I'm no theologian. Far from it. But I know my stuff. Like I said, I've been studying it for 28 years. Certainly there are gaps in my knowledge, big gaps; but what I know, I know I know well. And I try very hard not to assume I know anything about other religions. That's stupid. Idiotic. Disrespectful. Presumptuous. And infuriating. How can we claim to know what someone else believes, when we don't believe it ourselves? It's ridiculous. It sounds like this: all Muslims are terrorists. Ludicrous. It's rash and assumptive and pathetic. It's a weak defense mechanism to try and rationalize our own menial existence in this difficult, dark, angry world. We are all alone, trying to figure what to do next, but we're lost and don't know where we are (probably at the bottom of an ever-change staircase with no lights and no ventilation). And rather than help each other, since that too is difficult and frustrating and time consuming, we find pieces in people we don't understand, pieces that we may not agree with, and we attack, hoping to destroy that person, or his/her beliefs, to add to them to the pile of bodies beneath our feet to help us climb out of that darkness. It's moronic. Because in the end, no matter how many bodies we acquire, we can never reach the top of that infinitely increasing stair.

But I digress.

I could refute all of that person's misconceptions about the Church, but to what point? You don't care, and that's fine. You don't have to care. Nor should you. And I don't care that you don't care. These are my beliefs, and as much as I want others to believe what I believe, feel what I feel, I know that not everyone is interested to hear what I believe. And that's fine. That's life, and that's what makes it interesting.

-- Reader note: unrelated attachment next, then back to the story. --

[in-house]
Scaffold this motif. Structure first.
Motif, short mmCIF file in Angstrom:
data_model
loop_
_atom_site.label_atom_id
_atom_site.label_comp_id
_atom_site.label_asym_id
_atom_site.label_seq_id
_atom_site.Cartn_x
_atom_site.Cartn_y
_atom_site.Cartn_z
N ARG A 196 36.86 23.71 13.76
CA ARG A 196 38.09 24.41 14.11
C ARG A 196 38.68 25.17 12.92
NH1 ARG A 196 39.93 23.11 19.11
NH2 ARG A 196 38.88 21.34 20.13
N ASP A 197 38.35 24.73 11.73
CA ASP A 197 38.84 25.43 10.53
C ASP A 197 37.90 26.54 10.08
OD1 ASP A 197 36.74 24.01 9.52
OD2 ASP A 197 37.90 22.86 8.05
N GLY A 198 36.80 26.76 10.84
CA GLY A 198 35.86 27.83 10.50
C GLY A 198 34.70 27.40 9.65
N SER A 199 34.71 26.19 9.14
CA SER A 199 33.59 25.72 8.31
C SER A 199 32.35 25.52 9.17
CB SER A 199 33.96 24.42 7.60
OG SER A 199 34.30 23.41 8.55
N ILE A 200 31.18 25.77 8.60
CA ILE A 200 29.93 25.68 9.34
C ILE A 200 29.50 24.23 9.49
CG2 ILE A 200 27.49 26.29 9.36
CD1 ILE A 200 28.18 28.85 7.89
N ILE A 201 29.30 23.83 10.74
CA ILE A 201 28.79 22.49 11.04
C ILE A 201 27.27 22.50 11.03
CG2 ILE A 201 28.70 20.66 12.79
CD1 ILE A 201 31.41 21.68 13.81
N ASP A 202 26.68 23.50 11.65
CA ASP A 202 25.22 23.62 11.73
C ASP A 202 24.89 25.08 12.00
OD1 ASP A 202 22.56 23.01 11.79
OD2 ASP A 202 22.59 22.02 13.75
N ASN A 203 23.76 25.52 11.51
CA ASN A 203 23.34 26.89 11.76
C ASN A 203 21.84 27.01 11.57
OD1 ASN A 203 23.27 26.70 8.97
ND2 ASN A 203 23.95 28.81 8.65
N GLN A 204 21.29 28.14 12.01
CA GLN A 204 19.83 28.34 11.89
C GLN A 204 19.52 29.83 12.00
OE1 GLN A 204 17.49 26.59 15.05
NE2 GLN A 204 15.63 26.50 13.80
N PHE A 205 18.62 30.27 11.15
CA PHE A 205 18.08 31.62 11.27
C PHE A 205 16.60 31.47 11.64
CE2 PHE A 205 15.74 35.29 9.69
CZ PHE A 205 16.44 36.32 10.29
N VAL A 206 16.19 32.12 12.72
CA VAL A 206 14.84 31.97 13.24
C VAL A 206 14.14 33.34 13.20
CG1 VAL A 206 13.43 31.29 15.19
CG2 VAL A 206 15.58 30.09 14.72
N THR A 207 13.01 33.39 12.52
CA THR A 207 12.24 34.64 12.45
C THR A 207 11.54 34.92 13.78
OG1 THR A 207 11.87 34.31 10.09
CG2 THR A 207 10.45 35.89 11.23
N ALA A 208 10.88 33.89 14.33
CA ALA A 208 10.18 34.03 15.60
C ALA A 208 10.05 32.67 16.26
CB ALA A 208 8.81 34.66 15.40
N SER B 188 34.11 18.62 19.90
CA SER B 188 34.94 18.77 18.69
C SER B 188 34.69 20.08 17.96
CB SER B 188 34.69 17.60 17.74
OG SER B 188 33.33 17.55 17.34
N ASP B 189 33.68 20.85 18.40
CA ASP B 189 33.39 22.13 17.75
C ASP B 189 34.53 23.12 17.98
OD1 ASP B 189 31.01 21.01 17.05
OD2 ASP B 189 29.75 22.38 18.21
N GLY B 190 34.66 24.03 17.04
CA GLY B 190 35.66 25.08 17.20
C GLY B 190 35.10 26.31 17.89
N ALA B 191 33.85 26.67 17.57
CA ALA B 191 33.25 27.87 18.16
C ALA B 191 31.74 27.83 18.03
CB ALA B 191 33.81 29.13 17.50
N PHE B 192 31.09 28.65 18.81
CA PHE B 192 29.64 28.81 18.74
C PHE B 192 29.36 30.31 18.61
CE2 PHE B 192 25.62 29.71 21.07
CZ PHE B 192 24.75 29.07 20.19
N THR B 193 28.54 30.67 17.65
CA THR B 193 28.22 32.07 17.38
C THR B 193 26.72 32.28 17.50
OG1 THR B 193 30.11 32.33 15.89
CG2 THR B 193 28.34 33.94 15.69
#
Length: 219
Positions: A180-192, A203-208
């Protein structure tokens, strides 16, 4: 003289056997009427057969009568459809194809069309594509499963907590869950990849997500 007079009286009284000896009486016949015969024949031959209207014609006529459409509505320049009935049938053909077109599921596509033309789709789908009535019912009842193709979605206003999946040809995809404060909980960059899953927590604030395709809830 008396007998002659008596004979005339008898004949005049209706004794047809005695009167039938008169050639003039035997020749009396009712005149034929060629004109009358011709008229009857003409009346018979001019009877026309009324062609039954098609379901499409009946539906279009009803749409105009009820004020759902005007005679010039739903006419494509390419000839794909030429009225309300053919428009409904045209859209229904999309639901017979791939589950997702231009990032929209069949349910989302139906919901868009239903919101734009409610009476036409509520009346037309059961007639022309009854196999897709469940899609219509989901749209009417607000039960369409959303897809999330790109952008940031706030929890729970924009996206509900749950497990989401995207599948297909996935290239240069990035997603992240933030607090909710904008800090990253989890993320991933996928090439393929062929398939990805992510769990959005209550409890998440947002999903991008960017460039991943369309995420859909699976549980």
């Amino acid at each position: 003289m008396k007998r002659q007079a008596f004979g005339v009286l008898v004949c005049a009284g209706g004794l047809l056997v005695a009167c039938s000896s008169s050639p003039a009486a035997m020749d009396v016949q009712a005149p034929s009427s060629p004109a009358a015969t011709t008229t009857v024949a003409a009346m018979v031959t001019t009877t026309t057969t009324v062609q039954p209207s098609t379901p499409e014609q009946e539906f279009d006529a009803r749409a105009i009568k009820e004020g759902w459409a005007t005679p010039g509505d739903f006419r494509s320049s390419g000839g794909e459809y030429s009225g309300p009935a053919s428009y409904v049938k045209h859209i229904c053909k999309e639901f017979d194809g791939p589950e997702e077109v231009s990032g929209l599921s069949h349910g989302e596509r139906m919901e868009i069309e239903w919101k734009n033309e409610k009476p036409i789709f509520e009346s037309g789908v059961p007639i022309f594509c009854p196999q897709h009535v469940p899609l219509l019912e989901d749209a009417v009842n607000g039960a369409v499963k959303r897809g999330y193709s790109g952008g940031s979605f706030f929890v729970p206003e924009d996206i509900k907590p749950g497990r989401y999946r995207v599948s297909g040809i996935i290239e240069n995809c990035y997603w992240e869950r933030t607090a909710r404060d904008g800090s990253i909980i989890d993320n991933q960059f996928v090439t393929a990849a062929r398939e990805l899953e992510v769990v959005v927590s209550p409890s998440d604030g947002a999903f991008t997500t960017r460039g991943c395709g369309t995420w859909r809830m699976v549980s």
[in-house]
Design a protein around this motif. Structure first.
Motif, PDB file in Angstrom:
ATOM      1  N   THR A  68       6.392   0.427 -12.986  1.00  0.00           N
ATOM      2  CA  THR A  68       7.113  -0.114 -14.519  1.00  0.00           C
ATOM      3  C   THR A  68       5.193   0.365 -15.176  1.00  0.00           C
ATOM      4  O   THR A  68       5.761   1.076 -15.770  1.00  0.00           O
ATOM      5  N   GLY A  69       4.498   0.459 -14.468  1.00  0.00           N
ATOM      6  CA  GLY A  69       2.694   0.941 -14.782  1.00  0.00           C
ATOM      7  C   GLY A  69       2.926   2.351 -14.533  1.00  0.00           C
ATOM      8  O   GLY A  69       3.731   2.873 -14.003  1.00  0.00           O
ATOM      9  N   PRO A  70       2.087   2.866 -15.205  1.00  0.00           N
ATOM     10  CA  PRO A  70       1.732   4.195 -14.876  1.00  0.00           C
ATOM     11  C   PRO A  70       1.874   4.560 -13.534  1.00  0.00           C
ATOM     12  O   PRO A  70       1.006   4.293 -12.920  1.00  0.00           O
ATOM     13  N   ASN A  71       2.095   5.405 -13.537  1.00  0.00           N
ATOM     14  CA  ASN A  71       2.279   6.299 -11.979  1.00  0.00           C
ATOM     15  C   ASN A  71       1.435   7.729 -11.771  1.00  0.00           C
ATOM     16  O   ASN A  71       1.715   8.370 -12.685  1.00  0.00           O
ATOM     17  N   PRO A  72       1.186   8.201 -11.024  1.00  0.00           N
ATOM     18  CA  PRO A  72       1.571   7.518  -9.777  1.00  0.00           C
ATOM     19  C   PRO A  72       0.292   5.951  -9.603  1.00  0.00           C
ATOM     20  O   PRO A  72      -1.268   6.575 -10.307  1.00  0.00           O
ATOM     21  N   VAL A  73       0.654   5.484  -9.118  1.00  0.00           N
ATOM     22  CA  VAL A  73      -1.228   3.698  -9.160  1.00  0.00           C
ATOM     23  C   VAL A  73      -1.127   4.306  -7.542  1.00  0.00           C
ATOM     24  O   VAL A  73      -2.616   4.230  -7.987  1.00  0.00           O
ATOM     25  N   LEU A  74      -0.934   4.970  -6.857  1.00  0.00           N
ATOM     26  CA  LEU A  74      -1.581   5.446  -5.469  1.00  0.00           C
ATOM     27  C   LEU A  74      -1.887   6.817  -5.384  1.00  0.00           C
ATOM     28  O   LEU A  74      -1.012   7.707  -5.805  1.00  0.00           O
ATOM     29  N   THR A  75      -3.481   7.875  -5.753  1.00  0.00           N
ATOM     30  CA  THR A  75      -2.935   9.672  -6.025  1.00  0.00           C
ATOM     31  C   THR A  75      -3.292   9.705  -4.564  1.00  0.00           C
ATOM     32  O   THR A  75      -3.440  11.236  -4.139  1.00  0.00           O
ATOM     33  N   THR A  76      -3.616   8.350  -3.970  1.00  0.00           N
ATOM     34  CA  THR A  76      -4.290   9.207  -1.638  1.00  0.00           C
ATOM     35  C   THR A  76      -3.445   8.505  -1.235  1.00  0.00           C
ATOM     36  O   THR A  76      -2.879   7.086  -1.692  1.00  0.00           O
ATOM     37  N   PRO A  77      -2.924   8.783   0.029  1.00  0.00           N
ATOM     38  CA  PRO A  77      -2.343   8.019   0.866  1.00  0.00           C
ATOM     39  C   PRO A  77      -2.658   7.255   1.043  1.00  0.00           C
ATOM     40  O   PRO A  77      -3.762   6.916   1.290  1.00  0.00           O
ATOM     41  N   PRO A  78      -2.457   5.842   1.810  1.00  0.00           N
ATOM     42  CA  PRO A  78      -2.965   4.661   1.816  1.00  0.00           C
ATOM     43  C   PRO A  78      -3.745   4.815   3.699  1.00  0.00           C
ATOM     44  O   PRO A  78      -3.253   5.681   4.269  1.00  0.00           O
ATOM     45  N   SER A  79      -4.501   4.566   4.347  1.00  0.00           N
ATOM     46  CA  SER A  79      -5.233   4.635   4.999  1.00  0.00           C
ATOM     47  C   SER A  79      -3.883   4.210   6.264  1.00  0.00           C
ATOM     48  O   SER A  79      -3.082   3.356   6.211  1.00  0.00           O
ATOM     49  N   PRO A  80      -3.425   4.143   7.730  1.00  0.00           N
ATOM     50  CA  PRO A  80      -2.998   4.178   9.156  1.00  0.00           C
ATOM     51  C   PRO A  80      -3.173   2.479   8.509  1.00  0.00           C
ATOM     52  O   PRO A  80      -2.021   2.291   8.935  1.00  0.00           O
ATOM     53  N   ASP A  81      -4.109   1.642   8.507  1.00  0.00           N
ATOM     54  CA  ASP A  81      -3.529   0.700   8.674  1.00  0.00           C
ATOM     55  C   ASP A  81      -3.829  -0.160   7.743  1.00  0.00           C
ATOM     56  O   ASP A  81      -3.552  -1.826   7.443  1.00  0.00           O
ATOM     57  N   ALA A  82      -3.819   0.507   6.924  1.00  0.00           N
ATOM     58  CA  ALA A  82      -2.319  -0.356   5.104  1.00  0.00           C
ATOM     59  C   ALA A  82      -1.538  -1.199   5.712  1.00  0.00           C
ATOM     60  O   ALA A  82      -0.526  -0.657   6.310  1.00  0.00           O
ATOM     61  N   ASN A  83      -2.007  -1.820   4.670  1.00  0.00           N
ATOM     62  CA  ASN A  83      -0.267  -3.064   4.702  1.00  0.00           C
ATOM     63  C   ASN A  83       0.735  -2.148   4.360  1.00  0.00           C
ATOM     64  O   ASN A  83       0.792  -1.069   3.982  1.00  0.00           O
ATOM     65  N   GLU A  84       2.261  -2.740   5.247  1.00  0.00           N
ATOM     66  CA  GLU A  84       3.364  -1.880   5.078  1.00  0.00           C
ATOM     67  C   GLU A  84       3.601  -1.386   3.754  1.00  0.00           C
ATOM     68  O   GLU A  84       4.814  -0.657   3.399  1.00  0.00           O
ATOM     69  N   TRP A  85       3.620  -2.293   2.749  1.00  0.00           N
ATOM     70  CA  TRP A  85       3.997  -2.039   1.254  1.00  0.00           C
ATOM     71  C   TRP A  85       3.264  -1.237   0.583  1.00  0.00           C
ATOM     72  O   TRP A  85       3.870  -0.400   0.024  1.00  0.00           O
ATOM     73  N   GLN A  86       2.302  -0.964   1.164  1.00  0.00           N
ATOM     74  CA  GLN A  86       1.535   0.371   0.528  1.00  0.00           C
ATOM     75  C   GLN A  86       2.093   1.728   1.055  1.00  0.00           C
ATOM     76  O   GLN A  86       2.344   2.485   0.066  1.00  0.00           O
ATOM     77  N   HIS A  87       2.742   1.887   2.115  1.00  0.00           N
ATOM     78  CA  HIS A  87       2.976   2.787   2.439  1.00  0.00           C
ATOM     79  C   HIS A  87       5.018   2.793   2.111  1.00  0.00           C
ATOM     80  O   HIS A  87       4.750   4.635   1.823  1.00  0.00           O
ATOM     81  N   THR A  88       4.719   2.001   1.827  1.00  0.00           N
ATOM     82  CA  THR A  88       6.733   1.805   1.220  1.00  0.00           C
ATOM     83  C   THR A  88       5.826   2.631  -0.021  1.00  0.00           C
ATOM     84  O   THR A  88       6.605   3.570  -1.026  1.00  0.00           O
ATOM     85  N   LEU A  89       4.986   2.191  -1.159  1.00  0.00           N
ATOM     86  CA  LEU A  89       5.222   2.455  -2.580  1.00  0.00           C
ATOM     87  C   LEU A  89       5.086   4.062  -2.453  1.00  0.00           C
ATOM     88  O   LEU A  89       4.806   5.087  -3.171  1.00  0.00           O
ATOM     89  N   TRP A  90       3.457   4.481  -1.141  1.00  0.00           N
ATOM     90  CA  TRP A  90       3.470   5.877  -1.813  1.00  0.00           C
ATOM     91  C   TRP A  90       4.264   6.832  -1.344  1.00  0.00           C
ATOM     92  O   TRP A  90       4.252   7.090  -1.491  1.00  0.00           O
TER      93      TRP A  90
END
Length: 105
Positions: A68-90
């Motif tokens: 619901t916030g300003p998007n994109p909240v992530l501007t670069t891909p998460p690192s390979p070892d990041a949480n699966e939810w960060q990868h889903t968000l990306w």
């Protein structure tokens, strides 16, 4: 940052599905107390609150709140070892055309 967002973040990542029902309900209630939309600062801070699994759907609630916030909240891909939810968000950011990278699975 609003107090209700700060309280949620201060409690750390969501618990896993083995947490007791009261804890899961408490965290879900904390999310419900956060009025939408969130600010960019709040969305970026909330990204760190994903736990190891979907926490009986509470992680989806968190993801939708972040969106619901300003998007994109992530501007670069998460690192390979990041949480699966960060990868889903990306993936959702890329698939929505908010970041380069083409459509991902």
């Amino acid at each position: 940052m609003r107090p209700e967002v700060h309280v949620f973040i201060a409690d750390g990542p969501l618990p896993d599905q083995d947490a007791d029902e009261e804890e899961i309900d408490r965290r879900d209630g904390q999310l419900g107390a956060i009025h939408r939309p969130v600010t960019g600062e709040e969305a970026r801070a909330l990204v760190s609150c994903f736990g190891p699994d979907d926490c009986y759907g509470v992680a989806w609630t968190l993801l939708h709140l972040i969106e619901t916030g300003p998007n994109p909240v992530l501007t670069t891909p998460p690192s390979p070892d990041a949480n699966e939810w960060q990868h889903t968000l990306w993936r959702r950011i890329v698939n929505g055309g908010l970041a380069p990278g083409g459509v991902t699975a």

But I will say this, just to set the record straight: I believe that Joseph Smith translated the Book of Mormon from gold plates given to him by an angel. I believe the Book of Mormon is another testament of Jesus Christ, just as the Old and New Testaments are. I believe that we cannot know everything in this life; we can't hope to beginning to understand the true nature of the universe, no matter how awesome our telescopes become, or how amazing the LHC is with its brilliant and wonderful and ground breaking discoveries (I love science). There is so much still to learn. I know that God exists, that Jesus Christ is His son, and that the Holy Ghost teaches us truth. And I believe that those three are three separate beings. I believe that I am a son of God, that we all are children of a Heavenly Father. I believe this, and so much more, but for the sack of time and space, I'll conclude by saying that I believe The Church of Jesus Christ of Latter-Day Saints is the only true church on the face of the earth the teaches the whole gospel of Jesus Christ. That is what I believe.

You may not agree. And you don't have to. You may think I'm crazy. That's fine. You may be the exact opposite: an Agnostic, or Atheist, or whatever. Sweet. We can still be friends. We can still get along and have great discussions and explore the world and life together. Isn't that the point? We are still people, trying to figure out this crazy messed up rock orbiting that giant ball of nuclear explosions spinning in the black void we call outer space. We are just people, trying.

What more do you want from me?

What more should I want from you?

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As a white middle-class male growing up in the suburbs, there were two phrase/mantras I heard from almost everyone I knew:

"Ignorance is bliss"
"The truth is difficult to digest"

I think those phrases somehow over the years have gotten mixed up, some mistranslation decades, or centuries ago, when people started thinking more and living less. It should be:

"Truth is bliss"
"Ignorance is difficult to digest"

That sounds right. I just want truth. I just want people to want me to want truth. And I want them to want truth for themselves. Whatever that truth may be. I believe in universal truth, one ultimate overruling truth that governs all. But that doesn't mean everyone does. And we need to find whatever truth makes us happy, and makes us better people. So we can help others be better people. I just want truth. Not facts, not statistics, not theories or conjectures or postulations; not opinions based on Wikipedia or online news sources; not something someone whose name you can't remember said to you once at a place you never visited. Just truth. That's all.

Am I crazy?

Probably.

1 comment:

Steph said...

You are amazing - and I'm so glad that you shared your testimony! And I'm thankful that you can speak intelligently about what you believe. I support you :) -Steph